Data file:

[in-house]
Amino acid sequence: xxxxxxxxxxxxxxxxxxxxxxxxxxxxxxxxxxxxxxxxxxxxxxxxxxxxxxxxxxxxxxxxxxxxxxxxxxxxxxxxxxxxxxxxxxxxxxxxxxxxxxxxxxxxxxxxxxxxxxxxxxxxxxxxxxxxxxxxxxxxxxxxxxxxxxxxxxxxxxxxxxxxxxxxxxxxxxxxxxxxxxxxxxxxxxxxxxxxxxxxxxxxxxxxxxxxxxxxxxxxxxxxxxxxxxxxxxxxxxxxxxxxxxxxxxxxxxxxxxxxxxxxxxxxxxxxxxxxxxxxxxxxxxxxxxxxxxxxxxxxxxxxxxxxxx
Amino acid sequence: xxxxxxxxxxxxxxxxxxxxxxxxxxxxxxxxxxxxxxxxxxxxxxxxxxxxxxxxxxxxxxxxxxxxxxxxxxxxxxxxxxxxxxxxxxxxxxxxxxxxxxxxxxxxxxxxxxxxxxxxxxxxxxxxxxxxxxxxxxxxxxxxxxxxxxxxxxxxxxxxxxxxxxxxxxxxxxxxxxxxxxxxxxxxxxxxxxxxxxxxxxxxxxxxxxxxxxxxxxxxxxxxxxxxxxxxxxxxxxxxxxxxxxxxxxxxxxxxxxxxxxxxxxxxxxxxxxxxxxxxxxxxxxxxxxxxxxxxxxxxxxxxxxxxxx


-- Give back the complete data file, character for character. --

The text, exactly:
[in-house]
Amino acid sequence: xxxxxxxxxxxxxxxxxxxxxxxxxxxxxxxxxxxxxxxxxxxxxxxxxxxxxxxxxxxxxxxxxxxxxxxxxxxxxxxxxxxxxxxxxxxxxxxxxxxxxxxxxxxxxxxxxxxxxxxxxxxxxxxxxxxxxxxxxxxxxxxxxxxxxxxxxxxxxxxxxxxxxxxxxxxxxxxxxxxxxxxxxxxxxxxxxxxxxxxxxxxxxxxxxxxxxxxxxxxxxxxxxxxxxxxxxxxxxxxxxxxxxxxxxxxxxxxxxxxxxxxxxxxxxxxxxxxxxxxxxxxxxxxxxxxxxxxxxxxxxxxxxxxxxx
Amino acid sequence: xxxxxxxxxxxxxxxxxxxxxxxxxxxxxxxxxxxxxxxxxxxxxxxxxxxxxxxxxxxxxxxxxxxxxxxxxxxxxxxxxxxxxxxxxxxxxxxxxxxxxxxxxxxxxxxxxxxxxxxxxxxxxxxxxxxxxxxxxxxxxxxxxxxxxxxxxxxxxxxxxxxxxxxxxxxxxxxxxxxxxxxxxxxxxxxxxxxxxxxxxxxxxxxxxxxxxxxxxxxxxxxxxxxxxxxxxxxxxxxxxxxxxxxxxxxxxxxxxxxxxxxxxxxxxxxxxxxxxxxxxxxxxxxxxxxxxxxxxxxxxxxxxxxxxx